When I was 18 years old, I watched my mum drive her mother in-law every week to the cancer clinic. My grandmother, who lived with us and helped raise my brother, sister and I, suffered with skin cancer that metastasised and spread all over her body. She had some pretty harsh radiation treatment that caused open wounds to weep from the left side of her shoulder, down her chest to her torso. She was in so much agony and it hurt so much to watch her go through that. A week before she passed, she was barely able to get out of bed. Whilst my mum attended to her needs during the day, I was on night duty. I woke up to her turning her lamp on in the bedroom next to mine. I knew she needed the toilet. So I would race over to her side, help her on her feet and assist with her toileting needs. The night before she died, the light came on but I slept through it. I woke quickly to a loud “bang” that sounded like something had fallen and hit the wardrobe in her room. I ran in there to find my grandmother, trying to stand up but crashed, head first, into the wardrobe. The bleeding gash on her forehead would be etched in my brain for eternity. It was a reminder of the time I didn’t get up for her. When she finally passed away, it brought so much relief to everyone she had ever touched. She was no longer in pain, her suffering on earth was now done.
I know my grandmother would never want me to carry around the burden of that memory, but sometimes you just can’t help it. I felt like she never received the peaceful, palliative send off into the after-life that she deserved- due to my negligence.
The outcome of my grandmother’s situation allowed me to consider a career in aged care. I had so much to learn from the ageing community I was looking after. I learnt a lot about myself by serving those who could no longer will their bodies or minds to complete the simplest tasks- tasks that most of us take for granted. I used my festering guilt to pay it forward with empathy, compassion and, above all, love for our fellow human beings. By age 22 I was managing my own facility and continued to thrive in a poorly- recognised sector. But it was where I wanted to be.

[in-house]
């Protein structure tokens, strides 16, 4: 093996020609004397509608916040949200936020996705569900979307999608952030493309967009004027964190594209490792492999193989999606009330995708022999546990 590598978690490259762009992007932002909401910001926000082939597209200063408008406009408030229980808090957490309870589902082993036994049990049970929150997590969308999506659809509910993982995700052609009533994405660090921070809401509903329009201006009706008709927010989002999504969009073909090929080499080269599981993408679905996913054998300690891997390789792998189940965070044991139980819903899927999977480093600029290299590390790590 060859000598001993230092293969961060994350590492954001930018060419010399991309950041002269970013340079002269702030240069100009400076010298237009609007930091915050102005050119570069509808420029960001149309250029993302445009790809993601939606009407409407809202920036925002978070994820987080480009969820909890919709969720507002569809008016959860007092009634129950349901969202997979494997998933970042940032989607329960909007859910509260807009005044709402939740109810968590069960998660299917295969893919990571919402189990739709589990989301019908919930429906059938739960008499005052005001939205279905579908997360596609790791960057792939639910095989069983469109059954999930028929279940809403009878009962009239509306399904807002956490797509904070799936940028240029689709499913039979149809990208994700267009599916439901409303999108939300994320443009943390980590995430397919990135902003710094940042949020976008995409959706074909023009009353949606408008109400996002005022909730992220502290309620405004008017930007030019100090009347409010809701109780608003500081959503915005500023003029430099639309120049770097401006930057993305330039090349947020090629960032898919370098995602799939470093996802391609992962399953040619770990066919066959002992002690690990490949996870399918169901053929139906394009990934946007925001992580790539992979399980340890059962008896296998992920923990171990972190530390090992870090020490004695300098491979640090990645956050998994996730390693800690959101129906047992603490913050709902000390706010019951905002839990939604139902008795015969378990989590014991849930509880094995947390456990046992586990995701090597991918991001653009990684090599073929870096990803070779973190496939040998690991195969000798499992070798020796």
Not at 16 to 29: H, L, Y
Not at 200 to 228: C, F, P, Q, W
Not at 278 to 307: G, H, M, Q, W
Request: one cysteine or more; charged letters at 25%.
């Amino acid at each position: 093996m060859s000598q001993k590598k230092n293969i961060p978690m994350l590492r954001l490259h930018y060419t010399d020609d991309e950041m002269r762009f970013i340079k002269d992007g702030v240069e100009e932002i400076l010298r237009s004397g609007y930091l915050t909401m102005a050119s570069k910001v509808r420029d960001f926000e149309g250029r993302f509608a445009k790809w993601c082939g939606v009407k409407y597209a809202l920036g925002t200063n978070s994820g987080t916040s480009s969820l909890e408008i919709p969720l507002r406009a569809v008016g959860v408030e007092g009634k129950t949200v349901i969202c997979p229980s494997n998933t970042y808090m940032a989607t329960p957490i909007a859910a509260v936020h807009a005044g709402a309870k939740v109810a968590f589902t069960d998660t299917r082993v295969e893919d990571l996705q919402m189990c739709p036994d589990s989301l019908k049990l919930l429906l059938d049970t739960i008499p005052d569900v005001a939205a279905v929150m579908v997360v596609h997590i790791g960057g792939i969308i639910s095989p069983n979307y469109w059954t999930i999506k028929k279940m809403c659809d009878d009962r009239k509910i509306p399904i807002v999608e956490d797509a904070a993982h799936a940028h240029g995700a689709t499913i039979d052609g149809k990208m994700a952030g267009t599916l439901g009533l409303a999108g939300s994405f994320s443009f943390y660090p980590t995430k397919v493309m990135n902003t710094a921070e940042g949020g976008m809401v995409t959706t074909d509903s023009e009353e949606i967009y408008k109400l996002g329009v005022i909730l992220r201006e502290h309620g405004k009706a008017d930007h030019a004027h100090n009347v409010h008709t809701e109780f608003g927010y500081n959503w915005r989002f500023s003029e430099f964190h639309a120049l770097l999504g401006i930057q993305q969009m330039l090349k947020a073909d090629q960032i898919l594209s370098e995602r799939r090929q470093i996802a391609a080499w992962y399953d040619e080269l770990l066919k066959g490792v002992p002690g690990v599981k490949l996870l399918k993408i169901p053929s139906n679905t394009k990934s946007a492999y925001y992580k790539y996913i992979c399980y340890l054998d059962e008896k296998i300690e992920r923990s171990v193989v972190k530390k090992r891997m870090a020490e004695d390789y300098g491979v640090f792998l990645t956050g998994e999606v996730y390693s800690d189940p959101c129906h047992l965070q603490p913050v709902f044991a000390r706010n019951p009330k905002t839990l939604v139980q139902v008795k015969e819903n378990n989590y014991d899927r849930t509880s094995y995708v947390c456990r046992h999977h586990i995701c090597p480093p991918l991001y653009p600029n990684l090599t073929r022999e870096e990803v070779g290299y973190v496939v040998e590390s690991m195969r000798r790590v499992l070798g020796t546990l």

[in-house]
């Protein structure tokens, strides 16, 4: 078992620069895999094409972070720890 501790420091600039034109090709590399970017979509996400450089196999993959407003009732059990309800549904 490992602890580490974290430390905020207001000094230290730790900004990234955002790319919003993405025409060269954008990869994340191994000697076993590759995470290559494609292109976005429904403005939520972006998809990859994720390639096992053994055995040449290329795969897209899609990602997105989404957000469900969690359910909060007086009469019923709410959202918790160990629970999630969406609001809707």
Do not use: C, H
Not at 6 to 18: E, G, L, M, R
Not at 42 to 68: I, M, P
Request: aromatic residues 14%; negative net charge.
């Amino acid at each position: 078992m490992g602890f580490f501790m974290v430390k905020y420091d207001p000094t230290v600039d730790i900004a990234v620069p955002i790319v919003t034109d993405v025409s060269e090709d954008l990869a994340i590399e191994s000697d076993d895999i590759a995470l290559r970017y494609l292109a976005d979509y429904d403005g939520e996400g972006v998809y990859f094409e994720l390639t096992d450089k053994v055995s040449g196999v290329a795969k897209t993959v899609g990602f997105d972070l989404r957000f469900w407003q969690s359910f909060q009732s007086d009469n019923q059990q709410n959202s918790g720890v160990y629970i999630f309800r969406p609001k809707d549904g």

Fourteen years after my grandmother’s passing, Paul’s motorbike collides with a truck. What if I had listened to the doctors’ recommendation to turn Paul’s ventilator off and allow “nature to take it’s course”? Where would I be now? A single parent, working my ass off to make ends meet financially? Two young girls without a father, the backbone to our family. What if Paul had jumped into a truck rather than his motorbike? What if I had made Paul’s lunch that day so he wouldn’t have had to go and buy it himself? What if that truck waited 3 more seconds before turning? What if?? What if???What if???? What is the point of thinking this way? The point is to deal with the metaphorical cards you have been dealt- no matter how crappy they are. The silver lining is there, you just have to dig through the crap before you find it.
It took years of maturing, growing mindfully and spiritually, to realise that holding onto guilt was never going to serve me well. Guilt is a self-imposed standard that we put on ourselves and is often perceived to be negative- like in the case of keeping Paul alive. I know people have judged my decision. But whilst I allowed myself to be eaten alive by this guilt, the real problem was I wasn’t learning from it. I made my decision to keep him alive because I was confident (and still am!) that my husband would make a full recovery and help me to finish telling his story to the world! So WHAT IF…. from the guilt of my grandmother’s departure from this earth, I was being led down the road to self- actualisation? WHAT IF, from age 18, I was being groomed to be the greatest wife, carer, friend, confidante, boss- lady, nurse and advocate for Paul? What if?